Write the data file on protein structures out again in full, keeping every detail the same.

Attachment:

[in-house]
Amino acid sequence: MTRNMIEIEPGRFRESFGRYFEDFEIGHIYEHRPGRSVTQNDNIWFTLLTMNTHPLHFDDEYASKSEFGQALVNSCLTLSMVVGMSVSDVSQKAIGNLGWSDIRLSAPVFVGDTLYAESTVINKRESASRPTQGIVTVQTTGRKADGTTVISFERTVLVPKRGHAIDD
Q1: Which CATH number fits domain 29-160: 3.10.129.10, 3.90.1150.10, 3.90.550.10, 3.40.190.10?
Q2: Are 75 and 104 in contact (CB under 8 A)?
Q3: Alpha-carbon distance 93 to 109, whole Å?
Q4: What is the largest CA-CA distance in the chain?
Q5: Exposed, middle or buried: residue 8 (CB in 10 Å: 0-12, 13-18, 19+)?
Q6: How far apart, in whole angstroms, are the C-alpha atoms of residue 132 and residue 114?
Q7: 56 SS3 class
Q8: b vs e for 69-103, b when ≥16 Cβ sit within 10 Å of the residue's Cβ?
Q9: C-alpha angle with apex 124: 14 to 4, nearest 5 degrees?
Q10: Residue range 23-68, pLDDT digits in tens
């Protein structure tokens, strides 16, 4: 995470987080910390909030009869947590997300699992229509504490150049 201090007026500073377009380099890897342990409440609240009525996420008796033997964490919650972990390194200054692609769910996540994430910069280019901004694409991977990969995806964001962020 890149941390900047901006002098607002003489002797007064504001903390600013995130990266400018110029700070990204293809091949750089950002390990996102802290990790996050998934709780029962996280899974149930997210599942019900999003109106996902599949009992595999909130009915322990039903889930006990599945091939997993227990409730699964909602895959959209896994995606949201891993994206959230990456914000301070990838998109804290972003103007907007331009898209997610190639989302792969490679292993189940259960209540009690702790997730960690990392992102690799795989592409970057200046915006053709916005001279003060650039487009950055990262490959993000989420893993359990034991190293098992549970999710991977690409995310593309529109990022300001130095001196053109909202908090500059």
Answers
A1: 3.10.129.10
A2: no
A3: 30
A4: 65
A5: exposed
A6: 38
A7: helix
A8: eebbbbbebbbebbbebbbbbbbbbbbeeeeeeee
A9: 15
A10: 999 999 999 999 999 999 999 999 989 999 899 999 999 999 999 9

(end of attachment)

[in-house]
Amino acid sequence: MTRNMIEIEPGRFRESFGRYFEDFEIGHIYEHRPGRSVTQNDNIWFTLLTMNTHPLHFDDEYASKSEFGQALVNSCLTLSMVVGMSVSDVSQKAIGNLGWSDIRLSAPVFVGDTLYAESTVINKRESASRPTQGIVTVQTTGRKADGTTVISFERTVLVPKRGHAIDD
Q1: Which CATH number fits domain 29-160: 3.10.129.10, 3.90.1150.10, 3.90.550.10, 3.40.190.10?
Q2: Are 75 and 104 in contact (CB under 8 A)?
Q3: Alpha-carbon distance 93 to 109, whole Å?
Q4: What is the largest CA-CA distance in the chain?
Q5: Exposed, middle or buried: residue 8 (CB in 10 Å: 0-12, 13-18, 19+)?
Q6: How far apart, in whole angstroms, are the C-alpha atoms of residue 132 and residue 114?
Q7: 56 SS3 class
Q8: b vs e for 69-103, b when ≥16 Cβ sit within 10 Å of the residue's Cβ?
Q9: C-alpha angle with apex 124: 14 to 4, nearest 5 degrees?
Q10: Residue range 23-68, pLDDT digits in tens
């Protein structure tokens, strides 16, 4: 995470987080910390909030009869947590997300699992229509504490150049 201090007026500073377009380099890897342990409440609240009525996420008796033997964490919650972990390194200054692609769910996540994430910069280019901004694409991977990969995806964001962020 890149941390900047901006002098607002003489002797007064504001903390600013995130990266400018110029700070990204293809091949750089950002390990996102802290990790996050998934709780029962996280899974149930997210599942019900999003109106996902599949009992595999909130009915322990039903889930006990599945091939997993227990409730699964909602895959959209896994995606949201891993994206959230990456914000301070990838998109804290972003103007907007331009898209997610190639989302792969490679292993189940259960209540009690702790997730960690990392992102690799795989592409970057200046915006053709916005001279003060650039487009950055990262490959993000989420893993359990034991190293098992549970999710991977690409995310593309529109990022300001130095001196053109909202908090500059």
Answers
A1: 3.10.129.10
A2: no
A3: 30
A4: 65
A5: exposed
A6: 38
A7: helix
A8: eebbbbbebbbebbbebbbbbbbbbbbeeeeeeee
A9: 15
A10: 999 999 999 999 999 999 999 999 989 999 899 999 999 999 999 9